Keep Your Trailer Breakdown Free

o Check your wheel bearings. Tighten them to specifications and grease them as directed in your owner's manual.

o Keep lug nuts on the wheels tighten to the proper torque spec

o Inflate the tires to the PSI printed on the side. If you have to install new tires, always buy ones rated for towing that are equivalent to the originals.

o Clean the wheels and tires - inside and out. Wax wheels inside and out and apply a UV protectant to the inside and outside of the tires to prevent dry rot.

o Check your entire lighting system and all functions to make sure they work.

o Clean and lubricate the trailer coupler. Apply a light coat of grease to the ball cavity.

o Clean, lubricate and check your braking mechanism on the coupler (if so equipped). Follow the procedures in your owner's manual and adjust the brakes and he breakaway system. Fill the brake fluid reservoir to the proper level.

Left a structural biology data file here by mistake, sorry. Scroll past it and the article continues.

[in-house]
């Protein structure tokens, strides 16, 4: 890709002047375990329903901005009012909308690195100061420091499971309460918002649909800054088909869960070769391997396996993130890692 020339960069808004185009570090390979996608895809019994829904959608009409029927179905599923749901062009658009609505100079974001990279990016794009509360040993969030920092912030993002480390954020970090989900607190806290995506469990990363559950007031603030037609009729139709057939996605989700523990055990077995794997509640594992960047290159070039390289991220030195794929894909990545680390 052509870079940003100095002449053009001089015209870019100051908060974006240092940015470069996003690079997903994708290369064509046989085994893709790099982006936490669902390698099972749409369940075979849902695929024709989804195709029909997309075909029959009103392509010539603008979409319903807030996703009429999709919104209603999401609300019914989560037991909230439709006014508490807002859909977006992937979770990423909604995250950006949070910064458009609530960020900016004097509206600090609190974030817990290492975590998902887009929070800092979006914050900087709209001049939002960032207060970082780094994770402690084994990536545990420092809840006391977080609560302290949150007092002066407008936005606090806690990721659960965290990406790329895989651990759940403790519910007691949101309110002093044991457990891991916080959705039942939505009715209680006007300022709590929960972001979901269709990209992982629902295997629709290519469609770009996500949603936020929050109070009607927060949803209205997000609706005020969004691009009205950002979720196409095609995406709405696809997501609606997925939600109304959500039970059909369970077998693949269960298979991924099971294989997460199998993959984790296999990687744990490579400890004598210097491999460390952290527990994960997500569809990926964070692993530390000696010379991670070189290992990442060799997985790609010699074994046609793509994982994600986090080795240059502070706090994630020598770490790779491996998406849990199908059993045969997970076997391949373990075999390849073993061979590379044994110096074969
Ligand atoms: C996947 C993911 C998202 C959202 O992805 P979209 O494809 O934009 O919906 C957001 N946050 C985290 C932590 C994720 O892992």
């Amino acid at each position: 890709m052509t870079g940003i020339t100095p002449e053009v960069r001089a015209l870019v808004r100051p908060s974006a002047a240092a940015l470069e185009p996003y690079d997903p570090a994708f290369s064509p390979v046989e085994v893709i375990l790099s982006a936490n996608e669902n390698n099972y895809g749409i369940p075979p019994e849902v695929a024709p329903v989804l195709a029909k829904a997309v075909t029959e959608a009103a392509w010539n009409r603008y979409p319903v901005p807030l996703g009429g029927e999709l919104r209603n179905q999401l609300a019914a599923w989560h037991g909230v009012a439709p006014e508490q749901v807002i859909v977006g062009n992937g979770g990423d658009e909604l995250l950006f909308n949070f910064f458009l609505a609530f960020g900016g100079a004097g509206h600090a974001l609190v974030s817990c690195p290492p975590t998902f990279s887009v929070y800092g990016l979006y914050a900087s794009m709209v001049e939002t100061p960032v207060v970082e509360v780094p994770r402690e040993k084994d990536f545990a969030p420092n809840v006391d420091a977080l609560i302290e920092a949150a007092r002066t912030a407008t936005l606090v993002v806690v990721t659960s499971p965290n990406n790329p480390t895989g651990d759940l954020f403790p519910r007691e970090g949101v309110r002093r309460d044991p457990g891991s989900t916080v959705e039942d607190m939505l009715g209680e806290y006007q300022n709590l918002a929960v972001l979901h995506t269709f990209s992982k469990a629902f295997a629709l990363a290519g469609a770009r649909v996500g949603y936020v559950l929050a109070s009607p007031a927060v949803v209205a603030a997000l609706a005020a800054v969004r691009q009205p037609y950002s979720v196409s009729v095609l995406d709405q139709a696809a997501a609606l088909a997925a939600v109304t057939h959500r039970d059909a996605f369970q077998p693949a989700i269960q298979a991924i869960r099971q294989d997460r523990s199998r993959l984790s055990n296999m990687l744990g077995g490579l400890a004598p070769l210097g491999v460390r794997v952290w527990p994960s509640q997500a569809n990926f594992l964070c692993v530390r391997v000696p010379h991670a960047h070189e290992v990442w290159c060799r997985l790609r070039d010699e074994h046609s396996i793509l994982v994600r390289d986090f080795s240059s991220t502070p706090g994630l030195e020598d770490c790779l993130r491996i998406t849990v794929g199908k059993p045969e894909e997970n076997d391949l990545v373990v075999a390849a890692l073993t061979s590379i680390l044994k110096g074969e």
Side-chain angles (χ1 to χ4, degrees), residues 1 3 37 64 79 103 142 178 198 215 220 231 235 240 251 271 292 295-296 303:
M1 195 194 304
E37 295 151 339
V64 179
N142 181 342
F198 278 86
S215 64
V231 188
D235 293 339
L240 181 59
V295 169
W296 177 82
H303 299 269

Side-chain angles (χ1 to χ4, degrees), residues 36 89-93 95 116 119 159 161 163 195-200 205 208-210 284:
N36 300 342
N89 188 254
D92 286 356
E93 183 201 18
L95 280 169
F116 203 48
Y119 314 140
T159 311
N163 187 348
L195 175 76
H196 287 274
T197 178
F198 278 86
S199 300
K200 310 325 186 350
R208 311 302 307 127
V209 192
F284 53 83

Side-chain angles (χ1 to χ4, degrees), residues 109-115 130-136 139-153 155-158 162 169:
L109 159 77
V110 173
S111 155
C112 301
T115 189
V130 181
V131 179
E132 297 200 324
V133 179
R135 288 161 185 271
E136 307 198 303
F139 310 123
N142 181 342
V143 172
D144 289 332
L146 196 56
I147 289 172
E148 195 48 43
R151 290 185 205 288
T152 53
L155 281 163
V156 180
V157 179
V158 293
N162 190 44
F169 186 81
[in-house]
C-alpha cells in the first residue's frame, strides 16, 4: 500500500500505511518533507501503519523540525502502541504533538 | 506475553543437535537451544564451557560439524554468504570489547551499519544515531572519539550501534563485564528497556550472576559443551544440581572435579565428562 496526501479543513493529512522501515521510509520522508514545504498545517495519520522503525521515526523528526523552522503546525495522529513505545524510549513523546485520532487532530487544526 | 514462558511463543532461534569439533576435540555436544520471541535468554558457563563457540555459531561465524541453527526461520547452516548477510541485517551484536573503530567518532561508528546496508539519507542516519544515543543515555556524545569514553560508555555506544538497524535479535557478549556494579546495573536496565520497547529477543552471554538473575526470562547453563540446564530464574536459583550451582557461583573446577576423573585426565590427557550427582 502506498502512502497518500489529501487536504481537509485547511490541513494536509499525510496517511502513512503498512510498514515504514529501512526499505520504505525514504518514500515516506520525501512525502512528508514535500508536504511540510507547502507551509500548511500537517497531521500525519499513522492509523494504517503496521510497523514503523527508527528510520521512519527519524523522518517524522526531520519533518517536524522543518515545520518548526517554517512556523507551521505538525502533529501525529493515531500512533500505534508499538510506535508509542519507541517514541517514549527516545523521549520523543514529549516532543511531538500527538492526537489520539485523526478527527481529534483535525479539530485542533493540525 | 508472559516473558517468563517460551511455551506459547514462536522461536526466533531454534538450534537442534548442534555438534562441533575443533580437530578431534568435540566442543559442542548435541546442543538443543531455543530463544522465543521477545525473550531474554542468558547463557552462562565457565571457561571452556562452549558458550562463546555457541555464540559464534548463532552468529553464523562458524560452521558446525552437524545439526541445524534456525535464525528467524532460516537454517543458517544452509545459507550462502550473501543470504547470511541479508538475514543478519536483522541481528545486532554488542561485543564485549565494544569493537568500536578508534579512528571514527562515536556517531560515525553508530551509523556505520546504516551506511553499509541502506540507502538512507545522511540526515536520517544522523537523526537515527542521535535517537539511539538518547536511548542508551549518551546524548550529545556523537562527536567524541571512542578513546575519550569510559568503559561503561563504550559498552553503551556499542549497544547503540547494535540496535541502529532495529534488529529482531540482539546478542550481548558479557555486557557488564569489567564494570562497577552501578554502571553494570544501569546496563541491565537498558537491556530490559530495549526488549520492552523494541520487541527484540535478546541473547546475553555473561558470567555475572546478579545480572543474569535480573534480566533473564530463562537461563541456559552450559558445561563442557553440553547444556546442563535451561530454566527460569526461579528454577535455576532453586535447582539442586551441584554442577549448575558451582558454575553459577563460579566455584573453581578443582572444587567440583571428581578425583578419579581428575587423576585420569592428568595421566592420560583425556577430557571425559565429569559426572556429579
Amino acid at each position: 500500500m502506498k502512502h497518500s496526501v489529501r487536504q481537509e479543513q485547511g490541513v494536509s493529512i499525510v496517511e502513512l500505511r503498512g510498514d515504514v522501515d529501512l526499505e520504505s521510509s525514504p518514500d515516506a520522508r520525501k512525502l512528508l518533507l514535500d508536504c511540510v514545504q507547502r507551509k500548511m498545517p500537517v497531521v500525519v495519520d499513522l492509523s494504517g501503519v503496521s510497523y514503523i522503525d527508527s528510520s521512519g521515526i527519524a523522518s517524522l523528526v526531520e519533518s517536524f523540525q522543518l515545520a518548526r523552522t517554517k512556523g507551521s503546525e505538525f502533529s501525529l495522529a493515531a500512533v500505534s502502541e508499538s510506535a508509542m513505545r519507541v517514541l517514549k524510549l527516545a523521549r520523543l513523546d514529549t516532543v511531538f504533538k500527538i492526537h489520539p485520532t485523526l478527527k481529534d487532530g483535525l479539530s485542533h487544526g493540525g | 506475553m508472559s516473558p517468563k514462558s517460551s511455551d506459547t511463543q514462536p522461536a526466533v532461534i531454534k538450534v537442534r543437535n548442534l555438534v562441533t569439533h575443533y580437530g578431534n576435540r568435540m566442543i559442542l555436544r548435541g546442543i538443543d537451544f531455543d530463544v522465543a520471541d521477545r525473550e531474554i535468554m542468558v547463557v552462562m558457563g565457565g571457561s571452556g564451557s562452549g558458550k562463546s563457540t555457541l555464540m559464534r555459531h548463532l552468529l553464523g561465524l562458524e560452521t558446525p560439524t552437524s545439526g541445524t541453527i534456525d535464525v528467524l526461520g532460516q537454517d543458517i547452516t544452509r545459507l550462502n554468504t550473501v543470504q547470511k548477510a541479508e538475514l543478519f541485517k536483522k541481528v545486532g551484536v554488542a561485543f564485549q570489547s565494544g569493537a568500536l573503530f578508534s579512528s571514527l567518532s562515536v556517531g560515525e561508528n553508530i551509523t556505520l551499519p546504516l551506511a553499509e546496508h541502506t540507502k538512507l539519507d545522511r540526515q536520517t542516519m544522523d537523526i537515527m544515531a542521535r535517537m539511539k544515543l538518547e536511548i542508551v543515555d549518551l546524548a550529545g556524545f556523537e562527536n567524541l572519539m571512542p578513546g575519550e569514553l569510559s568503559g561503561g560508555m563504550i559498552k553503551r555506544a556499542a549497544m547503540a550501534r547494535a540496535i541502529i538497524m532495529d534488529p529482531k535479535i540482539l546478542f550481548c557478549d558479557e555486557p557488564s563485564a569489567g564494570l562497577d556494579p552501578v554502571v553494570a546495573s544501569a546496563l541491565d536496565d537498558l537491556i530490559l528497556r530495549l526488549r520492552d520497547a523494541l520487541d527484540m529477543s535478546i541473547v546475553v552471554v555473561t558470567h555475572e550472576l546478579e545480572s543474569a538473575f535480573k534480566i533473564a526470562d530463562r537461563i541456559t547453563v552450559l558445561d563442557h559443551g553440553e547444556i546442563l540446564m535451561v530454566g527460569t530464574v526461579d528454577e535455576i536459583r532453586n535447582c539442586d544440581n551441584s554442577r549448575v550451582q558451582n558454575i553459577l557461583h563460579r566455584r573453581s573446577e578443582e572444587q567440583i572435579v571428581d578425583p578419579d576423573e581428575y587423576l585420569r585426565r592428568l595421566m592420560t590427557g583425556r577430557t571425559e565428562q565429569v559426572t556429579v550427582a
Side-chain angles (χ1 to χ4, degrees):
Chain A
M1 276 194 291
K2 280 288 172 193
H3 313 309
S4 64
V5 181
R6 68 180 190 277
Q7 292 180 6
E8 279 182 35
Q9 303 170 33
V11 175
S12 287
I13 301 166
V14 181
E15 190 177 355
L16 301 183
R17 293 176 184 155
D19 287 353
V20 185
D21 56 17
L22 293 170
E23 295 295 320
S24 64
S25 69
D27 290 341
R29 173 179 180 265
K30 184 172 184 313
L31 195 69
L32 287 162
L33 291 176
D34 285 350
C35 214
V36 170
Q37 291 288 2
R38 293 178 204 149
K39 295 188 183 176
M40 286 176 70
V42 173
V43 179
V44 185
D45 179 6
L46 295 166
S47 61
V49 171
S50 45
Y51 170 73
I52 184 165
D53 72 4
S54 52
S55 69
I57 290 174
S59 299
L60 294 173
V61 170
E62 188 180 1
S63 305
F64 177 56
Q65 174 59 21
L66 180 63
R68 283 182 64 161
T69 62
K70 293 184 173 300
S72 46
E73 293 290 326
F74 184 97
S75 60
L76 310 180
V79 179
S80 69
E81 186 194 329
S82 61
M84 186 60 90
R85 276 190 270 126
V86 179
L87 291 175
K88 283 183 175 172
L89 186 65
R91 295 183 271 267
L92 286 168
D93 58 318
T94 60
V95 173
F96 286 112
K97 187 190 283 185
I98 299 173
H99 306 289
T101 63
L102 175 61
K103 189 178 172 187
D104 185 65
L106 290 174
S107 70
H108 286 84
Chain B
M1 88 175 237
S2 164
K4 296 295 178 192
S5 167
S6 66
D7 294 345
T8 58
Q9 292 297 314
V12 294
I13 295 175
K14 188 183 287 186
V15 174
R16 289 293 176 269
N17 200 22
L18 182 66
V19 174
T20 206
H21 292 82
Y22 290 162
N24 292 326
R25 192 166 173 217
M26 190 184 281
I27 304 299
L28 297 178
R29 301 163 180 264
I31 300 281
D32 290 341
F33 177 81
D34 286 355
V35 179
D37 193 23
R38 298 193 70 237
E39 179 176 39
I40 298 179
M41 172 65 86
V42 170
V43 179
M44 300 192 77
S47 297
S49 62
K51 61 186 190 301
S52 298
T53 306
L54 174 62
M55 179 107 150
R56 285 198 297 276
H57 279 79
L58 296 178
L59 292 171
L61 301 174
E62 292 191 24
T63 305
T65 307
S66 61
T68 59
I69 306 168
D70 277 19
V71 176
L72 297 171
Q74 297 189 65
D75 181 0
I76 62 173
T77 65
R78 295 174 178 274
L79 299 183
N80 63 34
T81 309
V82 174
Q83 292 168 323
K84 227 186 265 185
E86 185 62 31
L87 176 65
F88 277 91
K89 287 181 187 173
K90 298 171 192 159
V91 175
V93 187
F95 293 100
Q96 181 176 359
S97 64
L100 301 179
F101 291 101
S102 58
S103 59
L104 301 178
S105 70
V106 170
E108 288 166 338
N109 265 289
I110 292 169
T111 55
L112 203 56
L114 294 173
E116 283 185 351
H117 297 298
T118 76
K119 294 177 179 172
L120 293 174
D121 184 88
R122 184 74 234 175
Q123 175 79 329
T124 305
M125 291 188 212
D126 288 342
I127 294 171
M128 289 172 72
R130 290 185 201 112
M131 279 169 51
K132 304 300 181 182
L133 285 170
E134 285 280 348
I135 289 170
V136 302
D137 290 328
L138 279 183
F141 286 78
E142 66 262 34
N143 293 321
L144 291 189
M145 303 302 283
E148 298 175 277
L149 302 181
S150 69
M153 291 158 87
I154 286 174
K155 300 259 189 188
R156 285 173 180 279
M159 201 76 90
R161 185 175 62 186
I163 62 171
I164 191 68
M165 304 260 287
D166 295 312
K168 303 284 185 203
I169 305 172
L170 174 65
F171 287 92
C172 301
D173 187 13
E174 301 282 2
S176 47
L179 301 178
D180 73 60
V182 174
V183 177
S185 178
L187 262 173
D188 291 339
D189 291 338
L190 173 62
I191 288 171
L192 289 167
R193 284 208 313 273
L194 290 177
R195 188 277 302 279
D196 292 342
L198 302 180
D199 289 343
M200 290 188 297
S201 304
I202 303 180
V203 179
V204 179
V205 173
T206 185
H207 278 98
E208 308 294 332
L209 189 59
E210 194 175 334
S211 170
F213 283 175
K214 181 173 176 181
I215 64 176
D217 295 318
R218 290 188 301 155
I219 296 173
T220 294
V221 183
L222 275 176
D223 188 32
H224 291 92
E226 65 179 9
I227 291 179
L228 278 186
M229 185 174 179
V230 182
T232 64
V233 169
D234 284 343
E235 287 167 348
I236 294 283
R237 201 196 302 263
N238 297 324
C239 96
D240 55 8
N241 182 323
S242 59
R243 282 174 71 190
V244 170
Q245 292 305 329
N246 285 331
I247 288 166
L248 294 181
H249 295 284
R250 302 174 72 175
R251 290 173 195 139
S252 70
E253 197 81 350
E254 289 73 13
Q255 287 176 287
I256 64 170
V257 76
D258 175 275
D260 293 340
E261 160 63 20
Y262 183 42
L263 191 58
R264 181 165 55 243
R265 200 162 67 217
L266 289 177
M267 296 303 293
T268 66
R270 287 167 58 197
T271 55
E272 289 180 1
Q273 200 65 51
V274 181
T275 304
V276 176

o Clean and lubricate the bow locking mechanism and winch. Replace any broken or worn parts.

o Clean the trailer thoroughly. Touch up the trailer pain (your dealer can provide touch up paint). Rust is your worst enemy, so wax the trailer, especially the fenders.

o Clean the guide bars and remove any marks caused by the boat's rub rail. Lacquer thinner works well. Regularly applying a UV protectant on both the guide bars and the rub rail will help reduce friction and scuffing.

o Clean and lubricate the keel roller ( if so equipped).

o Before you use your boat again in the spring and while the carpet on the trailer bunks is still dry, apply a coat of pure carnauba paste wax to the where the boat rests on the bunks. This will help to decrease friction between the carpet and hull and reduce wear and tear. Be sure to hammer down any loose staples in the carpet on the bunks.

o Check safety chains or cables for rust and wear, and check the attachment to the trailer. When towing, always remember to cross your chains or cables. Do not attach them parallel to the hitch.